Where blends the cane leaves with mist and rain/ Blends the shadow and the movement/ Each defining courage from fear, fear from pain.—Bivouac, 1990 From “A Theory of Echoes.”
(For Beau at 44)
I call it my hammock hour: time for stillness
to descend with sundown, shadows grown long
among the cane leaves, and I hum your lullaby.
“You were a break of laughter firmly cut
on father’s chin before your birth, your life
was a smile in the mischief of cigars.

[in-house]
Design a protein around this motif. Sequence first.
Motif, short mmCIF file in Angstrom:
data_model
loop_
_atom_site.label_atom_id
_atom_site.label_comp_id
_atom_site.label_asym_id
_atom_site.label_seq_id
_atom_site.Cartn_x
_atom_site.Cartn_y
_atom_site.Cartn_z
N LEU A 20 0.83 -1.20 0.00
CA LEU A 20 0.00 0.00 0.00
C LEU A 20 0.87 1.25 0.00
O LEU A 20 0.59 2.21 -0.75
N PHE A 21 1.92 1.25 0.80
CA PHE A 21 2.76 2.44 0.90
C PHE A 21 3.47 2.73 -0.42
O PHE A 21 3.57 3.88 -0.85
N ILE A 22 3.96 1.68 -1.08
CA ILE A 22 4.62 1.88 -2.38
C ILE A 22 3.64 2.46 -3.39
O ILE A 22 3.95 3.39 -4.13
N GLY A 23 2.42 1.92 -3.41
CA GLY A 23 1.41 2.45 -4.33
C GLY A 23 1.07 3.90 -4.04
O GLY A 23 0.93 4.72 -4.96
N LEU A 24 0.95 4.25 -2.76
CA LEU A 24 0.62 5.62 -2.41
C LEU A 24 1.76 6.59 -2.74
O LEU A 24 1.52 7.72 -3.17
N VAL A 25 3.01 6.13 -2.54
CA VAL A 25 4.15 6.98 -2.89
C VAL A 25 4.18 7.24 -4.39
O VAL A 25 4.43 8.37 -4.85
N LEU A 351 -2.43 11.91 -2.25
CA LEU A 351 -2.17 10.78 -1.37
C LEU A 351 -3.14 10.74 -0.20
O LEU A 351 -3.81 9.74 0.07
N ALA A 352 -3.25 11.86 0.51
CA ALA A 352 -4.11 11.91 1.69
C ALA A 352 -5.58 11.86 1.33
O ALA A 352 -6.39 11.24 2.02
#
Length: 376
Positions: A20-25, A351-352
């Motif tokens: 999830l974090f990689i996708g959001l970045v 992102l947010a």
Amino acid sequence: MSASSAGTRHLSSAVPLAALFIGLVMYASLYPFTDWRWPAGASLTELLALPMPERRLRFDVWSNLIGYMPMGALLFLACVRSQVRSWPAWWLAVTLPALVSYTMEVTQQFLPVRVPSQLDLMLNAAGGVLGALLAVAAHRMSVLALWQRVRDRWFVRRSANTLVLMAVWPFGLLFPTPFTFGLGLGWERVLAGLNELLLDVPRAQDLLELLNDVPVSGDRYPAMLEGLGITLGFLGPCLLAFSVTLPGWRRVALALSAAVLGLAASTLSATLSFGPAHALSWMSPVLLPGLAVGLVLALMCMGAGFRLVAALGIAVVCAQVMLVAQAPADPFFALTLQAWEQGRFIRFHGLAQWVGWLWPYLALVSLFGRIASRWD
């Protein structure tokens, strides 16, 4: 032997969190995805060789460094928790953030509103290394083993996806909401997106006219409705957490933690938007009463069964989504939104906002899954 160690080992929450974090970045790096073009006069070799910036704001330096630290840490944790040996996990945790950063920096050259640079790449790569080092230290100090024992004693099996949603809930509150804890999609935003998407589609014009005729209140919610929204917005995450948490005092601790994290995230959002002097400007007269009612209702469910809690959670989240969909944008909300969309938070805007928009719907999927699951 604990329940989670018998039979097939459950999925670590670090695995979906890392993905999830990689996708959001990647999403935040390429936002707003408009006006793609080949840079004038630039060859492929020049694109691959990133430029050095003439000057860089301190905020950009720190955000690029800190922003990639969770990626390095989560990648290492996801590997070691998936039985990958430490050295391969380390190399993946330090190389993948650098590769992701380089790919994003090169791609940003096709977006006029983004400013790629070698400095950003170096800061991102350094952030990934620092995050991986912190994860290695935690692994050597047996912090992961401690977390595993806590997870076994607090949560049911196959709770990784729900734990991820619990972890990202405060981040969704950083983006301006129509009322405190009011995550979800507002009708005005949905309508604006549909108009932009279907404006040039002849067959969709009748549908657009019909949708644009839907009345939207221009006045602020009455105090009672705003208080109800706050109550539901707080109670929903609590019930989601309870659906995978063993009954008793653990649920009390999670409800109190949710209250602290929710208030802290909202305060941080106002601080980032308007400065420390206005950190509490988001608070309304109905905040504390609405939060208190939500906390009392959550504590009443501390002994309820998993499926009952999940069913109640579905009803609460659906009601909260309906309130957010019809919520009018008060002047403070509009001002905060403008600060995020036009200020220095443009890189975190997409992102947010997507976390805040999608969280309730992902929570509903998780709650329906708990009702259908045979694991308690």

You have been born before in a shock of memory
when all mother could remember were nights
father was the agile dancer dancing dense
the deep dark duty that you were. O my son.”
I cherish the stillness that makes sounds crisp
even as I talk to the shadows on my porch walls:
“When did you come home? I must have dozed off.
Have I ever thanked you for naming your firstborn
after my father, and your second after me? Is it true?
Mother said not after me, really. After you. No matter.
I named you after me. And they shall have longer shadows.”
But the sounds and the shadows move as movements move
and disappear with the night. I, too, turn down my hammock.
—Albert B. Casuga
Mississauga, Ont., 04-03-11